Imagine after sweating over a labor of love and finally publishing a book and then, years later, finding like minded people who want to take your topic into a new medium. With the release of director Bob Hercules’ “Joffrey: Mavericks of American Dance, Sasha Anawalt’s book on Joffrey will be discovered by a new audience.
- Review of “Joffrey: Mavericks of American Dance”
The movie is based on Sasha Anawalt’s 1996 book, “The Joffrey Ballet: Robert Joffrey and the Making of an American Dance Company.” The book is being re-issued on Friday (27 January 2012) as an e-book. Anawalt is currently the director of the University of Southern California Annenberg Arts Journalism Programs and is a former dance critic.
The movie premieres this Friday, 27 January 2012, at the Lincoln Center in NYC as part of the opening night of the Dance on Camera Festival. For dance fans, this is a movie well-worth watching, if only to affirm that America has made contributions to ballet.
On Saturday, 28 January 2012, a live simulcast of the second screening will be brought to cinemas all over the U.S. through Emerging Pictures network. People will be able to use Twitter to send questions (using #joffreymovie) to the post-screening panel. For more information on screenings, visit the movie’s website.
Anawalt has had a few crazy months. She is one of the dance critics in the documentary (along with New York Times dance critic Anna Kisselgoff) and will be part of the post-screening panel discussion.
“I haven’t re-read the book in 16 years,” she stated in a recent telephone interview. The process of making it into an e-book was “a very laborious process because the original book was published before the electronic age.”
Her enthusiasm for Joffrey hasn’t diminished. “Robert Joffrey was a pioneer in teaching ballet. He was the first person to have a ballet class just for boys or men,” she explained. “It’s so extraordinary what these two men did for male dancers in this country.”
As an example, she mentioned the piece “Olympics” which “really celebrated men.”
Joffrey also contradicted the wisdom of the times, knocking aside “the whole legacy of Russian ballet.” These two men, Robert Joffrey and Gerarld Gapino were “not inside the proper channels” and took ballet “from a completely different end.”
When Joffrey started his first company in 1956, ballet dancers didn’t study modern dance. The notion of cross-training and cross-pollination hadn’t been introduced. But Joffrey brought in Twyla Tharp (“Deuce Coupe”) who was more street form and post modern dance.
Anawalt compared Joffrey to Forrest Gump. In the movie, Gump just happened to be in the right place for a historic event. For Joffrey, the ballet went to the White House at the invitation of Jackie Kennedy and were in Moscow introducing a rock ballet when Kennedy was shot. Joffrey went multimedia and scored the first and only Time Magazine cover for a dance company.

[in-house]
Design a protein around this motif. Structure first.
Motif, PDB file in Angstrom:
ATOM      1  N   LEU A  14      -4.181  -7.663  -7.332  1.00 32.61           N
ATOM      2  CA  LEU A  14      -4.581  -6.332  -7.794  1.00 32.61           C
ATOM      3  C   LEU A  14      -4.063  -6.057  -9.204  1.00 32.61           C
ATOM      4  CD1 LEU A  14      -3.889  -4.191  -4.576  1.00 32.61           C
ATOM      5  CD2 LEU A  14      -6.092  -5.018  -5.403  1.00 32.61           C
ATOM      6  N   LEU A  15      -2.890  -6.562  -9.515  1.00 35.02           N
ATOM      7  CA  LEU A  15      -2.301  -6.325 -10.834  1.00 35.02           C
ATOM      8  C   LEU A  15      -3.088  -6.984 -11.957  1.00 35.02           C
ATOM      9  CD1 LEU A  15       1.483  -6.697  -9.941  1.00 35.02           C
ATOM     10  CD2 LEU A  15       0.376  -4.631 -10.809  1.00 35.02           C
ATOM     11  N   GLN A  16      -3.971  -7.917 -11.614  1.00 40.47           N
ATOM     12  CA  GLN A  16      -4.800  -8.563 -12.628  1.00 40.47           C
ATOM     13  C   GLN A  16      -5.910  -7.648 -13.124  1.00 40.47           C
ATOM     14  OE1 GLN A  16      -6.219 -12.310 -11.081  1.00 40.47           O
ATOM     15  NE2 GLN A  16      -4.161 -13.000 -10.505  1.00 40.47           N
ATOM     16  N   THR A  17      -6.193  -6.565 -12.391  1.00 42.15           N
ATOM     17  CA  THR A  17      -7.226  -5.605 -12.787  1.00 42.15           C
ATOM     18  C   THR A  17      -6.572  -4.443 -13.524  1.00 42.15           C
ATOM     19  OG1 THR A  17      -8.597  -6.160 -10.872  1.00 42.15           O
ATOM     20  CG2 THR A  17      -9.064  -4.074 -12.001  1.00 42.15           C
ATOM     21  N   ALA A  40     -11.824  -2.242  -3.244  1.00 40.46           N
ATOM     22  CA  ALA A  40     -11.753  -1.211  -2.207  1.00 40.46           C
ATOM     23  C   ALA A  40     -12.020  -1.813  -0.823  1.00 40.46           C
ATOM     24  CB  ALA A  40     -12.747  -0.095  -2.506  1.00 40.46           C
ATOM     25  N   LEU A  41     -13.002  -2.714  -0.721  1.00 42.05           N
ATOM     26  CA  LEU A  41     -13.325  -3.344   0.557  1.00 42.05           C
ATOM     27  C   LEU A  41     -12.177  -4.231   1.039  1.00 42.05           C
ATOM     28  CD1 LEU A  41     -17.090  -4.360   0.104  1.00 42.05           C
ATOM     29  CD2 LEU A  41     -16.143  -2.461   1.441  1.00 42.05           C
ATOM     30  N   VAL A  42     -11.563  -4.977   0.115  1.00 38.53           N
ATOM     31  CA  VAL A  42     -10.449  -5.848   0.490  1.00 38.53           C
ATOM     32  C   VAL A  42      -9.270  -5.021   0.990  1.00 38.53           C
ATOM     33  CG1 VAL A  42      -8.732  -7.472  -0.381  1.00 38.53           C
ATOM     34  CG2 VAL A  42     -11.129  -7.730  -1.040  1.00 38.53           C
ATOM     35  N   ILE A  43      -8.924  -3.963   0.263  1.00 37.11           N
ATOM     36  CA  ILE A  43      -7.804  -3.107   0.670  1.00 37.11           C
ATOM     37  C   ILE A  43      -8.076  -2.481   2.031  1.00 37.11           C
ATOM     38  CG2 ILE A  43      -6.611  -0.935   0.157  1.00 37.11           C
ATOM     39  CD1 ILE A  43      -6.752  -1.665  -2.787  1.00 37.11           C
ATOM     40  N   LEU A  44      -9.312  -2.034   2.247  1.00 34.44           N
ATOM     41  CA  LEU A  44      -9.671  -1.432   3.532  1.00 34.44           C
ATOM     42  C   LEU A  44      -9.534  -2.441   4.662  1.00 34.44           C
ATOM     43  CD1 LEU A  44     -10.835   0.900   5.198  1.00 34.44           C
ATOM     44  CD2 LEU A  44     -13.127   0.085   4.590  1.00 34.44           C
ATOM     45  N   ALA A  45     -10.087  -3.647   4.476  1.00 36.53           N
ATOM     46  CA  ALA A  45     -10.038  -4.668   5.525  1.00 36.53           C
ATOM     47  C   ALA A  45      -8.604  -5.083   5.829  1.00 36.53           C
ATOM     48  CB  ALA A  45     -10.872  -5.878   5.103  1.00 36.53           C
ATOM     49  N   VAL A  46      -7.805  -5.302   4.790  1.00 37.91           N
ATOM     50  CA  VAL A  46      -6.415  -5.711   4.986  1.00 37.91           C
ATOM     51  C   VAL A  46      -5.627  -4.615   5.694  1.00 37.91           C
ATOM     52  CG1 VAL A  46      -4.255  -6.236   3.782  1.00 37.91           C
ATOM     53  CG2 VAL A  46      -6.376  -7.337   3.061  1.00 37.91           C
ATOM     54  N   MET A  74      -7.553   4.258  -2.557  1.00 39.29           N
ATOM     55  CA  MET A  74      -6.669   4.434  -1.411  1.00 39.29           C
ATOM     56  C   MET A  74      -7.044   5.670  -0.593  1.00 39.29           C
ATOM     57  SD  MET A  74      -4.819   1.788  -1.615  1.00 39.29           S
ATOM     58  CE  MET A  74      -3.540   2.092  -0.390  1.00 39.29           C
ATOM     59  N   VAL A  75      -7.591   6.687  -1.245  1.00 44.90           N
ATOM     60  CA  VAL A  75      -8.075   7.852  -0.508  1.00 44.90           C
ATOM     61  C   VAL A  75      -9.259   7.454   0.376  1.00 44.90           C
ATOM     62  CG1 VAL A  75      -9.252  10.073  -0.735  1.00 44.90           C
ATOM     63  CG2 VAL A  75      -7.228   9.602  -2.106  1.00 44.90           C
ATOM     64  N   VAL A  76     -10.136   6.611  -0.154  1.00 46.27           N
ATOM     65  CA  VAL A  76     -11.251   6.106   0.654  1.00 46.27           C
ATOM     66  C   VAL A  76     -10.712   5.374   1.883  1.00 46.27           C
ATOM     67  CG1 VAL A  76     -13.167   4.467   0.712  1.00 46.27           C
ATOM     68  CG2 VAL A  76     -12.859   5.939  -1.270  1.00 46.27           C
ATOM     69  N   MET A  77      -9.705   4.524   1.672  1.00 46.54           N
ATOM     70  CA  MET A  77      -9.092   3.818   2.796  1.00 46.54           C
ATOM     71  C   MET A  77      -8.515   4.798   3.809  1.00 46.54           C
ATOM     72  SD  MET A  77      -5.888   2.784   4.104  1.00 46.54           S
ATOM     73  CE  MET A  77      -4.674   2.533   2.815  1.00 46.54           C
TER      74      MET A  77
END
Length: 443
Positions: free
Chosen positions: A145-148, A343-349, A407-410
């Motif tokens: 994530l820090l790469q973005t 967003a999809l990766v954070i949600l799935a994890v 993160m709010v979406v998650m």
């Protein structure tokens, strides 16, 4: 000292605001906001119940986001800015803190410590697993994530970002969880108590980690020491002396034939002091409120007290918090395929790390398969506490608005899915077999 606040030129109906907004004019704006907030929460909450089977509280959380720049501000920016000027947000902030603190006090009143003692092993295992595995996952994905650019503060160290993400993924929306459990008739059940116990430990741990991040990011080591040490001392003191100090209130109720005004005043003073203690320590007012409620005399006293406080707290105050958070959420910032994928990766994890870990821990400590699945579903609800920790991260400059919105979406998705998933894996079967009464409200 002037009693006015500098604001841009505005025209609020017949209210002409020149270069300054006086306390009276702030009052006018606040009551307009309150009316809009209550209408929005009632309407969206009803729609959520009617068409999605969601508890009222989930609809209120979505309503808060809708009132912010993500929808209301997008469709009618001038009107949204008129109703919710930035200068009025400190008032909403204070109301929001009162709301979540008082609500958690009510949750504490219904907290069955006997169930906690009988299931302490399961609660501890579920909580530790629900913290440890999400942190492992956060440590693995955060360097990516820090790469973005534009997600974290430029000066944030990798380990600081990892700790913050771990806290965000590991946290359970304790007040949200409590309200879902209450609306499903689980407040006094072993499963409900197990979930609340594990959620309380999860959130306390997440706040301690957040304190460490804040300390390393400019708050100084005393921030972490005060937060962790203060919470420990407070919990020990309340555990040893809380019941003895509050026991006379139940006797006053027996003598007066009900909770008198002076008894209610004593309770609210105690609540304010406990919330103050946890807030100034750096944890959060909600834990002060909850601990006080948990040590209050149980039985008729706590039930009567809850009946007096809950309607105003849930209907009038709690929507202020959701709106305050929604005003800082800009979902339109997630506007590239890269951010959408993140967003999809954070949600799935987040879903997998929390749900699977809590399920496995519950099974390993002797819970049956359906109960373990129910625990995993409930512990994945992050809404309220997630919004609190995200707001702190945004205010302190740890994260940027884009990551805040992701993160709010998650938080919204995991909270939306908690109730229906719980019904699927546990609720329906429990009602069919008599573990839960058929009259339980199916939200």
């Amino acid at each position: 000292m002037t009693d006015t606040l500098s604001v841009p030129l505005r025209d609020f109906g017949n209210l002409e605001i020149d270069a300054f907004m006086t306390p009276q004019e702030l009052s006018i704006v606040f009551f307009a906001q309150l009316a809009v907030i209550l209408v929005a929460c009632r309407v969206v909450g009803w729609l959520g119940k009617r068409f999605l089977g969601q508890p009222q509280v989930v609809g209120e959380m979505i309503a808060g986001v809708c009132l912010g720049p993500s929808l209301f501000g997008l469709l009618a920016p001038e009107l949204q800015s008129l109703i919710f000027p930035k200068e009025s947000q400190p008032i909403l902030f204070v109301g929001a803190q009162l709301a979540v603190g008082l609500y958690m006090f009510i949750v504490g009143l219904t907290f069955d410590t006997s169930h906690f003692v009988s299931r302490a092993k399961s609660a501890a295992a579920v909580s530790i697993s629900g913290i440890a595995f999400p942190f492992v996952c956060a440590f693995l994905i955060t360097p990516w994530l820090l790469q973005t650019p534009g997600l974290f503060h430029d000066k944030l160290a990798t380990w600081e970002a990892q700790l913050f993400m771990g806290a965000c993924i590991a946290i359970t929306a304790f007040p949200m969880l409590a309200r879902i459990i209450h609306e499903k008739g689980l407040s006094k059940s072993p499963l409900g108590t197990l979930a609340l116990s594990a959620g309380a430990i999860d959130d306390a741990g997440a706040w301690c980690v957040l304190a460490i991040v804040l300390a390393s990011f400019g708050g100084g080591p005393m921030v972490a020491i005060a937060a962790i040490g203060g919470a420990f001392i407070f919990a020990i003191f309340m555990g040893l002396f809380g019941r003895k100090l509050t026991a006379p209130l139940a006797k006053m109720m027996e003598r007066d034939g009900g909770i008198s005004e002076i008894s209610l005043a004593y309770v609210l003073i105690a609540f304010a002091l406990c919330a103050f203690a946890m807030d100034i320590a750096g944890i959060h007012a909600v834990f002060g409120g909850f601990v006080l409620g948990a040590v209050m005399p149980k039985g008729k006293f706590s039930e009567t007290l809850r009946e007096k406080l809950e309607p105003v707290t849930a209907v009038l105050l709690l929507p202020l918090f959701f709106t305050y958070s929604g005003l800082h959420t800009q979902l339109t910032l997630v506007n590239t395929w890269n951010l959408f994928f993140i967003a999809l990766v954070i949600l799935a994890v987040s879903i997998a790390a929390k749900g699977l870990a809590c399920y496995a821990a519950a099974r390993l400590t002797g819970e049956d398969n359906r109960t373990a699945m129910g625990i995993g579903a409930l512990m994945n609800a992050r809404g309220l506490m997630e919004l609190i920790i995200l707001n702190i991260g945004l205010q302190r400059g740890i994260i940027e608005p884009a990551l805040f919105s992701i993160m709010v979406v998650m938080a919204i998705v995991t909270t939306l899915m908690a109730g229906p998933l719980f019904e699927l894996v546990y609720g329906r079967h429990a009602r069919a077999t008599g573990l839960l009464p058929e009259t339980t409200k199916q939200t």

Because of Joffrey, Anawalt commented, “We look at culture differently.”
“When I wrote this book, it took seven years of my life.,” Anawalt explained. “I put everything I had into it. I love this company. I grew up seeing them from the time I was 10. In 1983, I became the dance critic for the Herald.”
Yet Anawalt found there was “this big hole in our literature.” There was no literature on Joffrey, “no way to see the history of this remarkable company that is so American.” Perhaps, Anawalt conjectured, “because its indigenously ours, we didn’t take pride in it.”
One published, her book spent two weeks on the LA Times bestseller list. Going back to it for the movie and the e-book was like “revisiting a great, fabulous friend who I hadn’t been able to talk about in a long time.” Anawalt was able to share a lot of material with director Bob Hercules for the documentary.
Living in Los Angeles, Anawalt has only one minor quibble with the movie, commenting, “I wish they had focused on the 1980s in Los Angeles. That period of time, from the 1980s to Joffrey’s death, great works were made” and the Joffrey had a second home in Los Angeles. This was before the move to Chicago.
Anawalt is also enthusiastic about how American culture has changed its attitudes toward dance with popular series such as SYTYCD where the original choreography intrigues her and on “Dancing with the Stars” she finds fan favorite Derek Hough “dreamy.” On TV, he reads as “consummate dancer.”
While Anawalt loves the end result of “Joffrey: Mavericks of American Dance,” and she was enthusiastic about the other major dance movie that recently opened, “Pina,” dance, she feels, should be seen live. “I take enormous pleasure in watching people move–playing basketball or surfing. I enjoy movement in all its forms, seeing how people negotiate space and what the rules are of this space.”
We agree with Anawalt’s advice. See this film. Be inspired. Go see live dance and (for us, at least), get out and dance to your own drummer.
- For more information on screenings, visit the movie’s website.
- “The Joffrey Ballet: Robert Joffrey and the Making of an American Dance Company” is available on Amazon.com.
- Review of “Joffrey: Mavericks of American Dance”